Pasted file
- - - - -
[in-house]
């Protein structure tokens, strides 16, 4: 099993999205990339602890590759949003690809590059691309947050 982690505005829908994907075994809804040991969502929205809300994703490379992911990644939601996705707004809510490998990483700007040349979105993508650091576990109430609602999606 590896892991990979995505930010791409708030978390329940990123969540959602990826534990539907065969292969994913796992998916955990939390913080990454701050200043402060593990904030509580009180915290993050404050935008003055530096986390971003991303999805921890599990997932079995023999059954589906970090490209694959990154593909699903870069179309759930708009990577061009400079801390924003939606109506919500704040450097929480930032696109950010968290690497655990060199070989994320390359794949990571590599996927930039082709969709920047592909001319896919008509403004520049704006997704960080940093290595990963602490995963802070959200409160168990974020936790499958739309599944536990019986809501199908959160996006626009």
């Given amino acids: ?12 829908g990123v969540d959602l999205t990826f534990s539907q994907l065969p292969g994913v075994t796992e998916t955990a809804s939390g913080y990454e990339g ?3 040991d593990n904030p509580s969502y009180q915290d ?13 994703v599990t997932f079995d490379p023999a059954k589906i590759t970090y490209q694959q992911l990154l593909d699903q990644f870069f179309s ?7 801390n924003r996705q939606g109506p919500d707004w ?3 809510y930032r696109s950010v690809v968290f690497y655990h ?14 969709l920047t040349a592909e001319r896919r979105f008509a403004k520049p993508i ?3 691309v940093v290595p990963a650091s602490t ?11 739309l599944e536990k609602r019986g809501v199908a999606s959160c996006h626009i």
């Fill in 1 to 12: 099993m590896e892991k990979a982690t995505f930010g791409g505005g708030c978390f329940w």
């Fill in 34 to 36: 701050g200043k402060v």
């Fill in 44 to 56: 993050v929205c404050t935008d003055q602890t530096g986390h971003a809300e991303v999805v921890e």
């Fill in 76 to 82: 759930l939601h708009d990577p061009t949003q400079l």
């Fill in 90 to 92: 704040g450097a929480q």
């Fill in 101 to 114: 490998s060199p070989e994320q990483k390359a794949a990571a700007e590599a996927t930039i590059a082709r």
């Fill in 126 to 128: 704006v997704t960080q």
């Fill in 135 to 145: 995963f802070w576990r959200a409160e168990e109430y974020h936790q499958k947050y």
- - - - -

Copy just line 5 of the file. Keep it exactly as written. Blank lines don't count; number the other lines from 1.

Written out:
């Fill in 34 to 36: 701050g200043k402060v």